To spend just a few minutes experiencing the newly created online data visualization The Refugee Project is to start to comprehend just how enormous, complex, and problematic the ebb and flow of the world’s millions of refugees has been over the past almost half century. That’s the unique power of data visualization, which is an emerging way for designers, developers, media companies and organizations to tell complex and data-rich stories visually.
Developed by design firm Hyperakt and designer Ekene Ijeoma, The Refugee Project takes close to forty years worth of refugee data from The Office of the United Nations High Commissioner for Refugees, as well as world population data from the U.N, and overlays it on an interactive map. The team also mixed in narratives from about 80 individual refugee conflicts (from Rwanda to Afghanistan), and set the whole thing on a yearly timeline.
The result is an experience that enables the viewer to click on a given year, or country, and visually see the flow of refugees from the world’s conflict regions over time — you can see where they came from, where they ended up, how many there were, and what percentage of the country fled. It’s not just educational, it’s also emotional, and beautiful to look at, and at the same time could be the most comprehensive and powerful demonstration of the world’s refugees to date.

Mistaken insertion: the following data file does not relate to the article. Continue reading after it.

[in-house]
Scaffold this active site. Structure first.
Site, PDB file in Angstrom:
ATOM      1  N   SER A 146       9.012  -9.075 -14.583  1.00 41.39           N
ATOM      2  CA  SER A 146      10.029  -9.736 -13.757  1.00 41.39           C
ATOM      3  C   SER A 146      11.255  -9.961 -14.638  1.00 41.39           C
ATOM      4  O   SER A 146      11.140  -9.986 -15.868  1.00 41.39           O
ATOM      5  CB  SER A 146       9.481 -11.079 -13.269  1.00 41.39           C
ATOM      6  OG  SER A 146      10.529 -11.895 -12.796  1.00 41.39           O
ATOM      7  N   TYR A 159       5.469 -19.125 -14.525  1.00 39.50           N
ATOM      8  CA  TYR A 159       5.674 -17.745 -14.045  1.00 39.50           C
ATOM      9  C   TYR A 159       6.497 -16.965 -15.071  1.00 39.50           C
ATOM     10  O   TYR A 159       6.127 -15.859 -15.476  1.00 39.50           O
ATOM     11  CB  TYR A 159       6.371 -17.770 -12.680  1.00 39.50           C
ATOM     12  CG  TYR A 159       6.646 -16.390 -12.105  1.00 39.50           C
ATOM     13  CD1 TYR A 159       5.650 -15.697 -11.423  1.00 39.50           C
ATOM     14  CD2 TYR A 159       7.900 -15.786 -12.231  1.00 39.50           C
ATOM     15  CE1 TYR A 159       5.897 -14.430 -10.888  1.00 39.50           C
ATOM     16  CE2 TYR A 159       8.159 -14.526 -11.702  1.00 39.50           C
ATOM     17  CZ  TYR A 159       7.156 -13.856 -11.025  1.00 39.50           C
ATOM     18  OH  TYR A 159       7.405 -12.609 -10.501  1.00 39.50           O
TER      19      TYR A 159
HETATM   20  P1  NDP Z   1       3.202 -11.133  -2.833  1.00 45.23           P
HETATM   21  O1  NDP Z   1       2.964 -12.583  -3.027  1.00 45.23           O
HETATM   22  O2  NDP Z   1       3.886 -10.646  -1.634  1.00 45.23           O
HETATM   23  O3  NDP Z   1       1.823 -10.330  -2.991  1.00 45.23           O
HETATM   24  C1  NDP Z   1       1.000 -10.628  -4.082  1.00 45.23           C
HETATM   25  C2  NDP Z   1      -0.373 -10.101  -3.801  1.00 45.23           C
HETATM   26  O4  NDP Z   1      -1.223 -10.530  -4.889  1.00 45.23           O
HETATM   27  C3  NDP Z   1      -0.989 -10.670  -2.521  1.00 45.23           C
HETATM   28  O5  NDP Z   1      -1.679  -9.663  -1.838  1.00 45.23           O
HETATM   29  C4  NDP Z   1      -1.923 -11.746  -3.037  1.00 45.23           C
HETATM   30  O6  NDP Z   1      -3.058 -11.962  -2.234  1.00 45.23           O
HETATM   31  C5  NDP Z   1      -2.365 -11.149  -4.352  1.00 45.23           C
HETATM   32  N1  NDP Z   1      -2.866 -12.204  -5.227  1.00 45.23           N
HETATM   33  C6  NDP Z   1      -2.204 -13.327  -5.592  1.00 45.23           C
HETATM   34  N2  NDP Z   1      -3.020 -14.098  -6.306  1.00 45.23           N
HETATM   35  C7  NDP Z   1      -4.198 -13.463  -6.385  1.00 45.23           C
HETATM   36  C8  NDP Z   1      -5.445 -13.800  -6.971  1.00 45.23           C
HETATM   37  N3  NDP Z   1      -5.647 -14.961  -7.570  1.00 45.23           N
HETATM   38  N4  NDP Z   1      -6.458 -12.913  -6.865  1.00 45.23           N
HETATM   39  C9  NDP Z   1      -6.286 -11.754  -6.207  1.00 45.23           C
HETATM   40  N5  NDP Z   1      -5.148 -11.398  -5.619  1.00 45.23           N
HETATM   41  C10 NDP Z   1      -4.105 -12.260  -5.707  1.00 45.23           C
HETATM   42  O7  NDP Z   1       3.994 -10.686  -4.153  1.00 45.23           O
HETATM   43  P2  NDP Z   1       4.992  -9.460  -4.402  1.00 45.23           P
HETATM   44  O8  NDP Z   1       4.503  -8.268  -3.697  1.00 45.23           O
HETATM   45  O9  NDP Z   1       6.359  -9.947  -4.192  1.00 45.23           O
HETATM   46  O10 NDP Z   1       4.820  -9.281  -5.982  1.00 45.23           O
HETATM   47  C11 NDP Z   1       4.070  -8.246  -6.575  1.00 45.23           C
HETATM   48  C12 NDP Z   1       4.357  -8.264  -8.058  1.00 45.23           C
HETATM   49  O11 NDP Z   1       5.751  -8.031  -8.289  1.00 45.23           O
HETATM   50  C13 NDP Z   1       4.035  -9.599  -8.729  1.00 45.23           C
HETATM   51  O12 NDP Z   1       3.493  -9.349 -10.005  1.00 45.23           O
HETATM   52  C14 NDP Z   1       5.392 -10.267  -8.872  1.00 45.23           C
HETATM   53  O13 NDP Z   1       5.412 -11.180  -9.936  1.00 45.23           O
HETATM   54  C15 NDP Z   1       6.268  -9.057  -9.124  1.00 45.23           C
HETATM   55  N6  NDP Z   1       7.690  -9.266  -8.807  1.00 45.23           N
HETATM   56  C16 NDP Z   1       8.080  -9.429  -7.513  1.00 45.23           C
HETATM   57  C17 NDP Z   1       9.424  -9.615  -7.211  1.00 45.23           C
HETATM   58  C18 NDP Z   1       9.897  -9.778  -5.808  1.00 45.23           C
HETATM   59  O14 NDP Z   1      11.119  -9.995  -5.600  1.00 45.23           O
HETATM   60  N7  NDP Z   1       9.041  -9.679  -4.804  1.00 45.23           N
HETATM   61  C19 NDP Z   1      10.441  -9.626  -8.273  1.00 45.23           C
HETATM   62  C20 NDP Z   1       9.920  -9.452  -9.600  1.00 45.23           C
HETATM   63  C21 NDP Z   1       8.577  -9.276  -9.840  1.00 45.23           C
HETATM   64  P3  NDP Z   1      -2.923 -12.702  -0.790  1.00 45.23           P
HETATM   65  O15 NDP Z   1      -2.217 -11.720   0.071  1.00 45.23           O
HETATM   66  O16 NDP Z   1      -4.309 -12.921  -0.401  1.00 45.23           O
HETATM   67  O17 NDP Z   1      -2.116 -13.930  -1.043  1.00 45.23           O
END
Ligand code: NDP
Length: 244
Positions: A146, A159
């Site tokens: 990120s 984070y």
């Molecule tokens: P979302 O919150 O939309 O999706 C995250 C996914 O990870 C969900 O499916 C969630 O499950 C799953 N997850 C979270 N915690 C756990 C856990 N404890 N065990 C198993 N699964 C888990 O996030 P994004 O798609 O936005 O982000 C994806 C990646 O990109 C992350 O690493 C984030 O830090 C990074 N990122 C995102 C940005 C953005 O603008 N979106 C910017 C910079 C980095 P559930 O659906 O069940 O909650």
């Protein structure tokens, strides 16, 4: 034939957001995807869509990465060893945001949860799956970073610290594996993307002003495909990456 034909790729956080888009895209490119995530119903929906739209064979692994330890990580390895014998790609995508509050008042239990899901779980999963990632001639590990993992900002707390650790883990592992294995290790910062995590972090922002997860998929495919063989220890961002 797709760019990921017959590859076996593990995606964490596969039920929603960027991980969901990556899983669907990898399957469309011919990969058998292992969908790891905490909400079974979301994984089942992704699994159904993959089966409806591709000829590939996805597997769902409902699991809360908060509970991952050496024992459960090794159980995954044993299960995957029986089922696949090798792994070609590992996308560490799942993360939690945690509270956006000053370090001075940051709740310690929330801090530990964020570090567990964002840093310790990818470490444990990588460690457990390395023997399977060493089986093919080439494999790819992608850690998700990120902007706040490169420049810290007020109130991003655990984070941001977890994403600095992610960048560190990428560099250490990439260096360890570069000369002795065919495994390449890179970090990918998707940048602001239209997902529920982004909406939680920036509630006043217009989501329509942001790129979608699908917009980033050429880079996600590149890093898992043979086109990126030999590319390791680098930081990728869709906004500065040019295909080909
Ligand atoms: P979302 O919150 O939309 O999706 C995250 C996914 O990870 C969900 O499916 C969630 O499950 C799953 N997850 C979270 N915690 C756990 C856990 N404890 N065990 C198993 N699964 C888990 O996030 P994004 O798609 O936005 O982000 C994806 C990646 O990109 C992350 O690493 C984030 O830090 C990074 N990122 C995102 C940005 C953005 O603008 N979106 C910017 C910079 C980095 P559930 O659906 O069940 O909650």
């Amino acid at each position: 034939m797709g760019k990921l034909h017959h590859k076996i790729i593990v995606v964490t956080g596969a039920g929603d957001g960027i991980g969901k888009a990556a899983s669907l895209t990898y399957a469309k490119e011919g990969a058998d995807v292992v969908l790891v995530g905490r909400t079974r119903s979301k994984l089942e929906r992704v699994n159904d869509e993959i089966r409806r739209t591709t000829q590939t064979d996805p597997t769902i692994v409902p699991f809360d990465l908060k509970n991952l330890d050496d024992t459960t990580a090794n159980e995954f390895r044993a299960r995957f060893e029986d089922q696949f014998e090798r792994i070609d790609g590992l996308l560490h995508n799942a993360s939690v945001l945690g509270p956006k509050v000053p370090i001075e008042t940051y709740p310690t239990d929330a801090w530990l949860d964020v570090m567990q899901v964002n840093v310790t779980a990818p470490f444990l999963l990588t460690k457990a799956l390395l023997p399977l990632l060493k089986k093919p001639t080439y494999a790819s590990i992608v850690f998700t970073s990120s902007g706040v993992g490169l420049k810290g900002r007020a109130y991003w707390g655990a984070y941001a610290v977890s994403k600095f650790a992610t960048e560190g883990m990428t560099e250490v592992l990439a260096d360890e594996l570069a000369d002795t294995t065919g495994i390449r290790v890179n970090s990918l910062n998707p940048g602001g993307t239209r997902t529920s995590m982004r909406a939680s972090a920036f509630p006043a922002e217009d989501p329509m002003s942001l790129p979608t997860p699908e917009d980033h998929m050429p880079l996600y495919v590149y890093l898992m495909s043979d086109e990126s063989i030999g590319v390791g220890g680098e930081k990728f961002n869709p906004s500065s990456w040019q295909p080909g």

Despite that the demand for, and the field surrounding, these types of data visualizations is growing in this data-rich era, such sophisticated projects, addressing important world issues, are still relatively rare outside of well-funded media outlets. Some groups like DataKind or Pitch Interactive (and its drones project) are pushing the medium forward, but in reality these types of projects take a lot of time and resources, and not many have the data design skills required to produce them.